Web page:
You may be reading this because you want to make your own music and recording for yourself. Marketing strategies aimed at home recordists may or may not have already deceived you.
In and by itself, the word is obsolete. These days, mobile recording units account for nearly half of the records I create. Nowadays, making a record isn’t exactly a sport.
You’ll usually know it’s going to be a bumpy trip a couple weeks after your first voyage. It turns out that only purchasing kit suggested by the Guitar Center workers won’t get you the sounds you want. You’ll begin to spiral at this stage.
It’s not as obvious as you might have been led to believe. Recording engineering is a difficult skill to master. It would need the same amount of preparation and practice as performing an instrument.
Learning can be a difficult task. Many people get their information from the internet. The internet is a priceless resource. However, the material is not presented in a logical order. As a result, you’re more likely to learn phase 28 before phase 2.
I figured that by laying out some learning basics, I would be able to assist. No, they aren’t in any special order:
1. Don’t be worried about mastering
Mastering is a specific skill. If you’re new to filming, you can concentrate your efforts on the several measures that precede mastering. Yes, you’ll be tempted by all the fancy mastering plugins for your DAW, but resist the temptation. The last step is mastering.
2. Check to see if your gear sounds good in your room
What would logic say you if the drums in the room sounded like dung and you had microphones on them? You’re going to make a poo recording. This is true with every instrument. You can’t quite make it there… It’s up to you to bring it there.
3. A complete microphone closet isn’t needed
There are a lot of microphone options. However, seeing so many will initially affect your judgment. Learning to use a microphone requires time. Begin with a small number of items and spread them through as many outlets as possible. Investigate the origins of each microphone.
4. Take your time and collect sounds
In several times, you will feel rushed. You may have a brilliant idea and want to write it down. That’s what iRecorder on your iPhone is about. Make a note of the proposal because you have a record of it. Now you must determine the best method for capturing the tone. This will take longer than the real game period.
5. Read and take notes on guides
We’re just revolutionaries who despise hearing instructions. Isn’t it just a matter of figuring it out? Both yes and no. It needs a lot of time to learn all that a textbook will show you. I keep track of everything in a dedicated gear notebook so I can locate it later.
6. At first, don’t overprocess
Avoid the temptation to load your channel with as many plugins as necessary. I rarely have more than two, but it should sound fine even though there aren’t any. The plugins you do use are either for decorative purposes or to encourage disruptive imagination. Recognize the differences.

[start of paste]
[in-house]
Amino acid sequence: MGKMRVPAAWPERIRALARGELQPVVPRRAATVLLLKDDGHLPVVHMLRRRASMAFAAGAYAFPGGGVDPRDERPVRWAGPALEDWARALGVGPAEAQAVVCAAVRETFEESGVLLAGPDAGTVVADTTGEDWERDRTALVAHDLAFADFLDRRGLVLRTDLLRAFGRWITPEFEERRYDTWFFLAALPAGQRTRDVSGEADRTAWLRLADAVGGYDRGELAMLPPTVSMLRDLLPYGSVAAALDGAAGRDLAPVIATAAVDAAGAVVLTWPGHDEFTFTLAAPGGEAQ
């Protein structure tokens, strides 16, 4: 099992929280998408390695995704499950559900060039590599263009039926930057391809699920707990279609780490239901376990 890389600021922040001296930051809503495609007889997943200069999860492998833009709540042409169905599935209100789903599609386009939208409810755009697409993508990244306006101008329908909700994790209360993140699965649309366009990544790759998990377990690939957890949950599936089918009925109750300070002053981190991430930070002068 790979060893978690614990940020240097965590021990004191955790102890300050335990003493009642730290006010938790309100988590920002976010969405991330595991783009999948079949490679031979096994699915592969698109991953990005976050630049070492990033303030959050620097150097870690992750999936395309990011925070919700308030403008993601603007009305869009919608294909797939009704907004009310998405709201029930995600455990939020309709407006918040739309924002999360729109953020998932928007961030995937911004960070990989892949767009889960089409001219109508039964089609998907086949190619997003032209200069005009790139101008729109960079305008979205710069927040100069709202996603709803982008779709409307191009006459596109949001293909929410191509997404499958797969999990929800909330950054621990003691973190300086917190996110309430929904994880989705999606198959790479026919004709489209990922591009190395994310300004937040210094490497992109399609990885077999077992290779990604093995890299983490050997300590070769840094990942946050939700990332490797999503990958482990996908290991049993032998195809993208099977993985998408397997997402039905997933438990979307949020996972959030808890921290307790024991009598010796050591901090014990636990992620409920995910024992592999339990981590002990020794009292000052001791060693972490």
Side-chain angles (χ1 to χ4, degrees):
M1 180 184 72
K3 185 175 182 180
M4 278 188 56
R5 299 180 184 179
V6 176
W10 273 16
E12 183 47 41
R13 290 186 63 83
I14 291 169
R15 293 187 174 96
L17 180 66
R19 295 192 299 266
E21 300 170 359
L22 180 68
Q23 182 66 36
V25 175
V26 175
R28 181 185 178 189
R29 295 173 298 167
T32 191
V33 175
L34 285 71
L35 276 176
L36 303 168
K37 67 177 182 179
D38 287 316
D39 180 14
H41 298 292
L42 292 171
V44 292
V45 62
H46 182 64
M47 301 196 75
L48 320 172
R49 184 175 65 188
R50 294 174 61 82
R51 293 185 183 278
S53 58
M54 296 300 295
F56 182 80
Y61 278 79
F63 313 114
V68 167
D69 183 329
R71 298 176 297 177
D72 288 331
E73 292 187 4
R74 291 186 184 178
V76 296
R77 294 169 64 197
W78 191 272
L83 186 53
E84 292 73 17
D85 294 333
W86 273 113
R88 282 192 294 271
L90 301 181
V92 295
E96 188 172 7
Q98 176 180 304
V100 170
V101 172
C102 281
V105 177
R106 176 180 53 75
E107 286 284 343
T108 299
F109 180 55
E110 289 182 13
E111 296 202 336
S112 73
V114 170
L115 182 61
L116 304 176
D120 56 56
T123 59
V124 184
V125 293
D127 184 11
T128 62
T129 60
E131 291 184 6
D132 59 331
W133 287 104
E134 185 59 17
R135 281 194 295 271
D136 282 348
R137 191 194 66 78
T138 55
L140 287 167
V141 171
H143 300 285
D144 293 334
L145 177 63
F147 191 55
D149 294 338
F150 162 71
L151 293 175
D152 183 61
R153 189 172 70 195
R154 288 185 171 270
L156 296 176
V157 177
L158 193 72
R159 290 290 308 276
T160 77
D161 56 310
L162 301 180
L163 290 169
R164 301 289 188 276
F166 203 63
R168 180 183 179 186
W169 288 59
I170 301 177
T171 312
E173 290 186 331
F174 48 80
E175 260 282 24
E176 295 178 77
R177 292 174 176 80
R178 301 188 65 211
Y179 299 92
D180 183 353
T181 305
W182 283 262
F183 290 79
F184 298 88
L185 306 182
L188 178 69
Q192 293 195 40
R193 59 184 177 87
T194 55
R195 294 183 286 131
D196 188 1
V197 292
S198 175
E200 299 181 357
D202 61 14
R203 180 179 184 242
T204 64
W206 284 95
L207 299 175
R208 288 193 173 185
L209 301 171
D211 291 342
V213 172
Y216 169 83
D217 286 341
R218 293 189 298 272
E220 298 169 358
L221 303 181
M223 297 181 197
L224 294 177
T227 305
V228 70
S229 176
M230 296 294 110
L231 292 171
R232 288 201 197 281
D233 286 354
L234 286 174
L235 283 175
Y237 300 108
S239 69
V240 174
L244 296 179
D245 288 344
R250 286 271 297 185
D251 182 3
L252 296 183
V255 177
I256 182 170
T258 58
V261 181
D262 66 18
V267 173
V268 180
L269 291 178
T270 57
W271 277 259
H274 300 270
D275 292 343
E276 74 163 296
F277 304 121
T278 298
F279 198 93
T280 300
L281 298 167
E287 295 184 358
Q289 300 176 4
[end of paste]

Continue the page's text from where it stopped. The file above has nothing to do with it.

7. Have exercises for the main purpose of learning
There are serious sessions and sessions for personal development. Make it a point to attend as many growth sessions as practicable. Ones of which mistakes are tolerated as part of the learning or experimentation process.
8. Don’t believe it would fit in the mix
Any problems are beyond repair. You simply attempt to cover up the scars with a lot of makeup. If something isn’t quite perfect, try again.
9. Phase, phase, phase
For a long time, phase can perplex you. Make contact with your inner zen process. It’s one of an amateur engineer’s greatest pet peeves. It’s possible to make your recordings sound like a million bucks by learning how to hold things in phase.
10. Treat each plugin as if it were an instrument
Plugins, including speakers and instruments, are vehicles. Keep the plugin collection to a minimum. Learn to use just a handful. Know them from the inside out. Learn about their shortcomings and how to take advantage of them.
11. Don’t be worried about mixing
Mixing is not the same as recording. Mixing, like mastering, is a separate art form. If you’re only getting started with making your own songs, the most important thing to learn is what would be simple to mix, not how to mix it. You’ve done great if you bring all the faders up and it looks fine (but unbalanced). Otherwise, it’s back on the cutting board.
12. Stay away from ads
The one thing you swear would make a difference in your record is impossible to do so. Time invested honing expertise would pay off.
13. Adjust the microphones
It’s possible that you’ll have to repeat this process with each source. It’s a part of the process any time you log. Make no conclusions about the presence of a G position (the myth that all men have been told). Don’t be a slacker. Shift the microphones back.
14. At first, Mono is your friend.
Two microphones are more difficult to manage than one. Begin by capturing mono outlets. Make an effort to learn at your own speed. You won’t become Ken Scott immediately.
15. Find out what’s important to your personal style
There’s a lot of static when it comes to recording. Read articles written by engineers, producers, and musicians who specialize in the genre of music you want to record.
Reading blogs about recording metal drums isn’t really useful if you’re into jazz. Even though the advice is sound. Seek recommendations from those who have common tastes to you. Later on, branch away.
You’ll see a steady rate of progress if you meet these rules. You’re less likely to be lost or sidetracked, even though you don’t get what you need right away.